Cub Ceremonies

Cub Ceremonies

There are a few ceremonies and traditions that Cub Scouts have used since Cubs began in 1916. Cubs share the salute used by all members of the Scout Association, as well as having their own distinct ceremonies, which Cub Packs all around the world use. Here are just a few that we use regularly in our Pack.

The Scout Sign

During ceremonies Cub Scouts may make the Scout sign, which helps them to remember their promise to God, the Queen and other people, which they made when they were invested. Cubs hold up their three middle fingers of their right hand, with their arm raised as shown in the picture.

The Scout Salute

Cubs may also use the “Scout Salute”; while standing at the alert (stood up straight with feet together and arms by sides), the Scout Sign is made with the right hand, and is raised to the side of the head.

The Scout Handshake

Scouts also have their own special handshake, demonstrating their trust for other Scouts. Scouts shake hands using their left hand, while maaking the Scout Sign with their right hand.
This originates from when Lord Robert Baden-Powell, the founder of the Scout Movement, was in West Africa. Here, shaking hands with your left hand required putting down your shield, while the other person could still hold their weapon, thus demonstrating your friendship and trust for them.

The Cub Scout Promise Ceremony

The most important ceremony a Cub can take part in. When a new Cub is Invested (officially joins the Pack, and the World Wide Scout Family!), a Cub Scout Promise Ceremony is held to mark the occasion. All the members of the Pack, including the leaders, stand in a circle. Everyone makes the Scout sign, and says the Cub Scout Promise together.
The new Cubs recieve their badges, Group scarf and woggle. They are then welcomed to the Pack by shaking hands (using the special “Scout Handshake”) with the Cub Leaders. Parents are invited to watch their Cubs being invested, although the ceremony may often take place at an excting location to make the experience more memorable.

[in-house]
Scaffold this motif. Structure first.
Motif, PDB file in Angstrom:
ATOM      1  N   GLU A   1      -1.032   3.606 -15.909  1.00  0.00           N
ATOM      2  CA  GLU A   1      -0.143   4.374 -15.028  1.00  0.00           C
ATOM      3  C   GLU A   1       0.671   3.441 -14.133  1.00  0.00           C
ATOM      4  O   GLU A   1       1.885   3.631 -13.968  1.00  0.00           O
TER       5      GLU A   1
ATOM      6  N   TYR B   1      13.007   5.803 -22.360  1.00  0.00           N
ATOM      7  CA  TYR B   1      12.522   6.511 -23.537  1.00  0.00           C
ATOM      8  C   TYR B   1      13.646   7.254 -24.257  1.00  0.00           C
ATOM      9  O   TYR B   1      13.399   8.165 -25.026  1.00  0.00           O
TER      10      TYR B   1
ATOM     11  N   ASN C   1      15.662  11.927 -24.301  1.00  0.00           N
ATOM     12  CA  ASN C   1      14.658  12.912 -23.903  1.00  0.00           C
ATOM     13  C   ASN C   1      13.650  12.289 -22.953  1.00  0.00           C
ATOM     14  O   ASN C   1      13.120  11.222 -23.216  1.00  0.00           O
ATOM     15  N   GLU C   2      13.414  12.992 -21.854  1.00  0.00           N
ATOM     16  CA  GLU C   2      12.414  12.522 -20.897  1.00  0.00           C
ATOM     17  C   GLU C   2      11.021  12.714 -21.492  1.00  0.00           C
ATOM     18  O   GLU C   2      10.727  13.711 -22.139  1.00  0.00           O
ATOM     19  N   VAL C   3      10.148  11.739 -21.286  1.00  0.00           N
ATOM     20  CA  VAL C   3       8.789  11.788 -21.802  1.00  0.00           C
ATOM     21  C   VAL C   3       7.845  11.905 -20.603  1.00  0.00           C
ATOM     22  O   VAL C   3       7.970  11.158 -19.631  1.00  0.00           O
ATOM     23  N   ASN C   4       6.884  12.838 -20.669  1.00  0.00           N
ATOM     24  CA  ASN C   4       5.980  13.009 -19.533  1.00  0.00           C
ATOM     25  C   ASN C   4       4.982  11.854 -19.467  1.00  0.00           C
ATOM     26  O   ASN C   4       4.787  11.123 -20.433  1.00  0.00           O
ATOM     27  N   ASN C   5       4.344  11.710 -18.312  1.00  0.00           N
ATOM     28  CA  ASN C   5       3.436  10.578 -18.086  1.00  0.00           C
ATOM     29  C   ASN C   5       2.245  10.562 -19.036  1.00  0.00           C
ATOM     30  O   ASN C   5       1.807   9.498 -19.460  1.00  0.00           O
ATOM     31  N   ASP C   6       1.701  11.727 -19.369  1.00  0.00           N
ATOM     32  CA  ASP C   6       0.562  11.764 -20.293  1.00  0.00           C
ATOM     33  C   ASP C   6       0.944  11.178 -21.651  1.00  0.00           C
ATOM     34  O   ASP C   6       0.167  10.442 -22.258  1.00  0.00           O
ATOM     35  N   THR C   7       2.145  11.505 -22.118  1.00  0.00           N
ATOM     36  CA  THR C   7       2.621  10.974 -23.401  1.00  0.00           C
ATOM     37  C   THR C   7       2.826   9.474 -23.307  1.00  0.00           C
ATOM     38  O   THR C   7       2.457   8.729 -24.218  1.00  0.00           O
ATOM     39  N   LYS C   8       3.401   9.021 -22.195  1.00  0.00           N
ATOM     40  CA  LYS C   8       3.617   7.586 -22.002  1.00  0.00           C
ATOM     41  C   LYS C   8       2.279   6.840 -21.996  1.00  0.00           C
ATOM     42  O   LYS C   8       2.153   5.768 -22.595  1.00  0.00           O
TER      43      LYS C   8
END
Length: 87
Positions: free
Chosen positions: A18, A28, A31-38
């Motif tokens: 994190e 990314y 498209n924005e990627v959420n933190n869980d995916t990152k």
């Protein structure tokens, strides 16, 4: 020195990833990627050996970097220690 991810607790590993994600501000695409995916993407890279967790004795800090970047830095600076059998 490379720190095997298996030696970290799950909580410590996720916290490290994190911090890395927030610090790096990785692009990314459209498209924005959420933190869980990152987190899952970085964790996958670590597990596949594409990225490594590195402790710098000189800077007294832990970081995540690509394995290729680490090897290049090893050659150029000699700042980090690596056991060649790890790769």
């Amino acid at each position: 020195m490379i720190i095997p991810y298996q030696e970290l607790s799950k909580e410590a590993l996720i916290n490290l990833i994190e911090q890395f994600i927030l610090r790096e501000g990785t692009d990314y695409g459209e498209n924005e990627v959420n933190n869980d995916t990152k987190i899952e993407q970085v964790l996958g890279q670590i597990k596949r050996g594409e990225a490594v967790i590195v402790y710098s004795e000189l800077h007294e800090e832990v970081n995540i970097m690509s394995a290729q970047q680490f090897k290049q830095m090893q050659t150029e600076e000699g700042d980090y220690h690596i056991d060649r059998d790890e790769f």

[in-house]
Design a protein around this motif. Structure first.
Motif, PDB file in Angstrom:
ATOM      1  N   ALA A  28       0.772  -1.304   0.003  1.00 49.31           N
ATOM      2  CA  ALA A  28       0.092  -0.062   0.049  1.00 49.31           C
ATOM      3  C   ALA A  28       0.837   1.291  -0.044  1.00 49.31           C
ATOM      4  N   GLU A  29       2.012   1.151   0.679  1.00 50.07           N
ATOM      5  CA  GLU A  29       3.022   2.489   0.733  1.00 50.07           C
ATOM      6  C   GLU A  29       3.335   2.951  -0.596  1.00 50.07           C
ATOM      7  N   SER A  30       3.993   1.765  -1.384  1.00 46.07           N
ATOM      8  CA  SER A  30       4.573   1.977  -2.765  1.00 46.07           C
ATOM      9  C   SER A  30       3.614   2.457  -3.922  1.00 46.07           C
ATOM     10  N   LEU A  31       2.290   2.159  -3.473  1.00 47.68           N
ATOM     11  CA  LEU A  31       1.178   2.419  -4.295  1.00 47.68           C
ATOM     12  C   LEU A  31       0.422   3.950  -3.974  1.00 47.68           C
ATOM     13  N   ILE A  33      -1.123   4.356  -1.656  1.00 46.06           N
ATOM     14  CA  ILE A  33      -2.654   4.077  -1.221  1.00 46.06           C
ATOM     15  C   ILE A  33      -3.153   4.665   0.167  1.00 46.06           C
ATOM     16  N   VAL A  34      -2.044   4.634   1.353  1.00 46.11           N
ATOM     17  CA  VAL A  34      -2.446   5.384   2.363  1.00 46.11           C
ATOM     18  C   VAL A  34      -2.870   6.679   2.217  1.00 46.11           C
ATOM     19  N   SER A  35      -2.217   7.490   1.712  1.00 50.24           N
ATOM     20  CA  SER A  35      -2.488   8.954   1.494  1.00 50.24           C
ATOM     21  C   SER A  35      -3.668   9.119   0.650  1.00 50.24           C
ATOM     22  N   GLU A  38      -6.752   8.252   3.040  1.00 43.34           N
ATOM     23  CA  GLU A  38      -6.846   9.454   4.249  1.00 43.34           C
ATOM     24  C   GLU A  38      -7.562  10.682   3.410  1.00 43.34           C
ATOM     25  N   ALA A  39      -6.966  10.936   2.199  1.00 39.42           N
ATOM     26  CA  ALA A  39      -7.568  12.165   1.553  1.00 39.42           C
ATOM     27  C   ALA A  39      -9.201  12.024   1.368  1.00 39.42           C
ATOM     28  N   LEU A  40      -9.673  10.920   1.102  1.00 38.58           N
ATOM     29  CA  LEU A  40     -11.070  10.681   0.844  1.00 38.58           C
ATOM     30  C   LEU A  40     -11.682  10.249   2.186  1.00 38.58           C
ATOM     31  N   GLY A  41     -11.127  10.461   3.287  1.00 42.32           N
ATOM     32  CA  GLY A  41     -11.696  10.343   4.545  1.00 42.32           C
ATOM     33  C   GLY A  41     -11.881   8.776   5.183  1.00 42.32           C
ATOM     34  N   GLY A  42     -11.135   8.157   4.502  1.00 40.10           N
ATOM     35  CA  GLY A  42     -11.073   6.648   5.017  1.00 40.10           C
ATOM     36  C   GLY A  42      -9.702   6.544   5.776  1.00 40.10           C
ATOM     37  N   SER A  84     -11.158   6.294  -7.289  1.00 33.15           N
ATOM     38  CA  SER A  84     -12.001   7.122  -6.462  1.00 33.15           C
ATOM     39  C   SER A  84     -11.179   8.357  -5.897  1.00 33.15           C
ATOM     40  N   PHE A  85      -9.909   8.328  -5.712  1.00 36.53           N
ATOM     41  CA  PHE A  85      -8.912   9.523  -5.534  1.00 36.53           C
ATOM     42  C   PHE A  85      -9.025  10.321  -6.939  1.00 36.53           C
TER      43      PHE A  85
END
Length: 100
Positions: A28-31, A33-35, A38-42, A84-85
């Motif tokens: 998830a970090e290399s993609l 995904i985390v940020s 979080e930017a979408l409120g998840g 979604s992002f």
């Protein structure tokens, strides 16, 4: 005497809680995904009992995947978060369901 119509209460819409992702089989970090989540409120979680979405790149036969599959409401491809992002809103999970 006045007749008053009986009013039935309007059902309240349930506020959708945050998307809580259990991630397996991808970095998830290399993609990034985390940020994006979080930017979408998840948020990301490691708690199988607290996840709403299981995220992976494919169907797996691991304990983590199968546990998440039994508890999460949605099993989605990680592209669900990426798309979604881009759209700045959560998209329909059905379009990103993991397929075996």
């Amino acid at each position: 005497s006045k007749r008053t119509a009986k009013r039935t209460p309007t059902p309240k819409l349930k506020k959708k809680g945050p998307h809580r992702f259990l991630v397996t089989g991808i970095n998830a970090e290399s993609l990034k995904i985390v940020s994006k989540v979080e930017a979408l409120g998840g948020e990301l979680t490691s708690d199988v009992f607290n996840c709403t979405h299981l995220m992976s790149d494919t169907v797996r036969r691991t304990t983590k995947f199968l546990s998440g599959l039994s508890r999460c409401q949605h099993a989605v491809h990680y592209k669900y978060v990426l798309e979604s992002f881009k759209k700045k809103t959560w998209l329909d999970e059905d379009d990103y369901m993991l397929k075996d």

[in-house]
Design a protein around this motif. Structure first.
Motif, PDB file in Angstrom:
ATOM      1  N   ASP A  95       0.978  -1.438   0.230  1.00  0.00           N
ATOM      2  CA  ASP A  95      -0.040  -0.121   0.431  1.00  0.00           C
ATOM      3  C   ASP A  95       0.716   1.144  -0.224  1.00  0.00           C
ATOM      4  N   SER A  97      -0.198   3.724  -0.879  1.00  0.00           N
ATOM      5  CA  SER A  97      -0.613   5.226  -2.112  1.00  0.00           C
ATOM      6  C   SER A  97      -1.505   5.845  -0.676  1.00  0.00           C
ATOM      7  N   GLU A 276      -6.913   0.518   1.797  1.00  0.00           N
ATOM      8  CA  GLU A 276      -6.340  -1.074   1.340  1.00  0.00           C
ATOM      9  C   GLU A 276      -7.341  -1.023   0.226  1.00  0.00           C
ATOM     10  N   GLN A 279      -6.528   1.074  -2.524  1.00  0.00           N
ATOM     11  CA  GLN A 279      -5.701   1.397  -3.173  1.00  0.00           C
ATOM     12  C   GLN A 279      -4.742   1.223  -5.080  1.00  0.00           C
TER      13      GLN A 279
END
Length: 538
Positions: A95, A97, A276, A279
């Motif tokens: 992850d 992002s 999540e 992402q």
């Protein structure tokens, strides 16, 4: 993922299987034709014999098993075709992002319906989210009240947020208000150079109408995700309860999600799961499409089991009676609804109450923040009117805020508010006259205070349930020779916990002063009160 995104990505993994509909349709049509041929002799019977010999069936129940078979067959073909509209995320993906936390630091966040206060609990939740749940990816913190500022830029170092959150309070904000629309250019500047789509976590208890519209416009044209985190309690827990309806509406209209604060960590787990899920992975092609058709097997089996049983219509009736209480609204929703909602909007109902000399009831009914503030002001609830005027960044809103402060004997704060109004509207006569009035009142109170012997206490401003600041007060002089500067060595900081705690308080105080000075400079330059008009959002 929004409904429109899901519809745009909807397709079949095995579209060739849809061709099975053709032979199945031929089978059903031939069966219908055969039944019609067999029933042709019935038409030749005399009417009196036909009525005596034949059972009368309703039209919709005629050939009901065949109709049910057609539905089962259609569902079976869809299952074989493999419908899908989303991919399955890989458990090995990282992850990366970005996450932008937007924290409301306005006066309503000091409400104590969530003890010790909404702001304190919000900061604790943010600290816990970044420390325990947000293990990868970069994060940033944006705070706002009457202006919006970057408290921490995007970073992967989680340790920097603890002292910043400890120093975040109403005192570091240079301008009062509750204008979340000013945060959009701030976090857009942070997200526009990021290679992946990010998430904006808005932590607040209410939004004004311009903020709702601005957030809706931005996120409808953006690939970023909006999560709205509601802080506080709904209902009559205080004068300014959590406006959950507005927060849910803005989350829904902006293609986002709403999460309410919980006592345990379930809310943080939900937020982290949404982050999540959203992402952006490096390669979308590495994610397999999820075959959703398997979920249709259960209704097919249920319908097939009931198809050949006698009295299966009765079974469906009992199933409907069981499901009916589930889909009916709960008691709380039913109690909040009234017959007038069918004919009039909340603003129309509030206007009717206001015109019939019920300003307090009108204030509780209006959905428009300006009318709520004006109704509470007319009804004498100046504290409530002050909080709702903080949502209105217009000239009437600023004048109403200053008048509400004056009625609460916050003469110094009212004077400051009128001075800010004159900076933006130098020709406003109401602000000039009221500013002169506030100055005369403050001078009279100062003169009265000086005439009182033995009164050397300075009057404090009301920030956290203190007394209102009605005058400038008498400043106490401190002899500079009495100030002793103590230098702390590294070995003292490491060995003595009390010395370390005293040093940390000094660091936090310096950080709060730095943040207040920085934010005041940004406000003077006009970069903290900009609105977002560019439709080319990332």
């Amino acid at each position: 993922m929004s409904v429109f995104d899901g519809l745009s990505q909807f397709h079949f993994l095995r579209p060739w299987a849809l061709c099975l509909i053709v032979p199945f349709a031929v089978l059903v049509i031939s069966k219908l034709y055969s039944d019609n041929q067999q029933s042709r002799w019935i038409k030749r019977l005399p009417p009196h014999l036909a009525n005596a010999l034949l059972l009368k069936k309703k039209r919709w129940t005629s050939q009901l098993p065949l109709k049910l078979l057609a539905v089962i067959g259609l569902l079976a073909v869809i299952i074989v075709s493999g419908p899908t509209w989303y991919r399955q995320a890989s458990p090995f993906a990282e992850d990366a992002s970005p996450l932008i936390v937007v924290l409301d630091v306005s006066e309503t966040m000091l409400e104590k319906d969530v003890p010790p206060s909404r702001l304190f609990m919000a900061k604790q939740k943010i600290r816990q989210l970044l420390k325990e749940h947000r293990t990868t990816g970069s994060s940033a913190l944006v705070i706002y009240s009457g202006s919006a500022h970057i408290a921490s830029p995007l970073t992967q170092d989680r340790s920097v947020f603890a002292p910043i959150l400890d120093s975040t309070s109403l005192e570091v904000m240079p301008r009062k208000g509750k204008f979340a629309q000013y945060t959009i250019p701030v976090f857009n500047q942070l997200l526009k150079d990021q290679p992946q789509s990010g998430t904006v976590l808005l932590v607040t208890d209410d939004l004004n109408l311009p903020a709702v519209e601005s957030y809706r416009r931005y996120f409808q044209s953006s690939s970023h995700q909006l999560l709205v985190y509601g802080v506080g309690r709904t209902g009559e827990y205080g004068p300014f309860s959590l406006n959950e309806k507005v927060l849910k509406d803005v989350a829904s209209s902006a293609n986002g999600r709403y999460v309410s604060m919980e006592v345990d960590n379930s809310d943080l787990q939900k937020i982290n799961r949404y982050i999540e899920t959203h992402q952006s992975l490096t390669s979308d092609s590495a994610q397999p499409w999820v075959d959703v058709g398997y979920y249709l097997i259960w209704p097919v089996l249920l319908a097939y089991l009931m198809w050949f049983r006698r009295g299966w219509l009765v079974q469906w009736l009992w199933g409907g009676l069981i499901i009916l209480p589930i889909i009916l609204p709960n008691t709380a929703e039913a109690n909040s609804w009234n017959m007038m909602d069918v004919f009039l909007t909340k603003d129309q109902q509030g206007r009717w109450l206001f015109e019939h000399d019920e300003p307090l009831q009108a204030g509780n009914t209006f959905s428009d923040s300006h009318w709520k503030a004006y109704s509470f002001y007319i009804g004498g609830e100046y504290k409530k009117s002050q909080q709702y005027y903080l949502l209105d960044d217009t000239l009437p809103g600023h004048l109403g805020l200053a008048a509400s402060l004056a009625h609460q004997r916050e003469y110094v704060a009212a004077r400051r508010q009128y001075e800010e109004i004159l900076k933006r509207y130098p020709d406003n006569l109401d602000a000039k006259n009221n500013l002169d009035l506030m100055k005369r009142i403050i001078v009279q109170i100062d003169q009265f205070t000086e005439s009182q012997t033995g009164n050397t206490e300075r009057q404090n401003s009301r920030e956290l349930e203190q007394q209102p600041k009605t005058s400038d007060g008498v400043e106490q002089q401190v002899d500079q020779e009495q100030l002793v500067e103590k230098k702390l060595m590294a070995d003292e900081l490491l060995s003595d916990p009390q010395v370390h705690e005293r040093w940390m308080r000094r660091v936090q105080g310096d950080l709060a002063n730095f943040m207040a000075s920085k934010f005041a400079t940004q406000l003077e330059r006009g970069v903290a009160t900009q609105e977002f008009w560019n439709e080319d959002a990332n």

The Grand Howl

At the beginning of each meeting, the Cubs use the Grand Howl as a special way to greet Akela and the other Cubs. The Cubs form a circle, and, lead by the duty Sixer, will squat down like a wolf would, with their “paws” between their legs.

At the top of their voices, the Cubs shout “AKELA!”
The Cubs then stand up to attention, and the duty Sixer leads them, calling out “Cubs! Do Your Best!”
to which they reply at the top of thier voices “We WILL Do Our Best!”

Flag Break

At the beginnning of every Pack meeting (usually just after the Grand Howl), and each morning while on camp, Cubs hold a “Flag Break” ceremony. The Union Flag is folded and hoisted up the flag pole in preparation for the Ceremony.
The whole Pack form a circle facing the Union Flag, and are called to attention by the duty Sixer using the command “Pack, Pack Alert.”
The duty Sixer will then walk to the flag and pull the breaking rope, allowing the flag to fall free. The entire Pack salutes the Flag, and may then be instructed to stand “At Ease” (legs apart with hands behind backs) or to “Break Away” (1/4 turn to the right and leave the circle).

Flag Down

At the end of every Pack meeting, and sundown each evening while on camp, the Cubs hold a “Flag Down” ceremony. The Pack stand to attention, facing the flag, while the duty Sixer slowly lowers the flag, never allowing it to touch the floor. The Pack may then be instructed to “Break Away” (1/4 turn to the right and leave the circle) or “Dismiss” (1/4 turn to the right, salute and leave the circle)

Presentation of Badges

When a Cub Scout has earned a Badge, they are presented infront of the entire Pack, and Parents are often invited to attend. The Cubs are awarded their badges, and congratulated using the Scout handshake – using the left hand while recieving their badges with the right hand.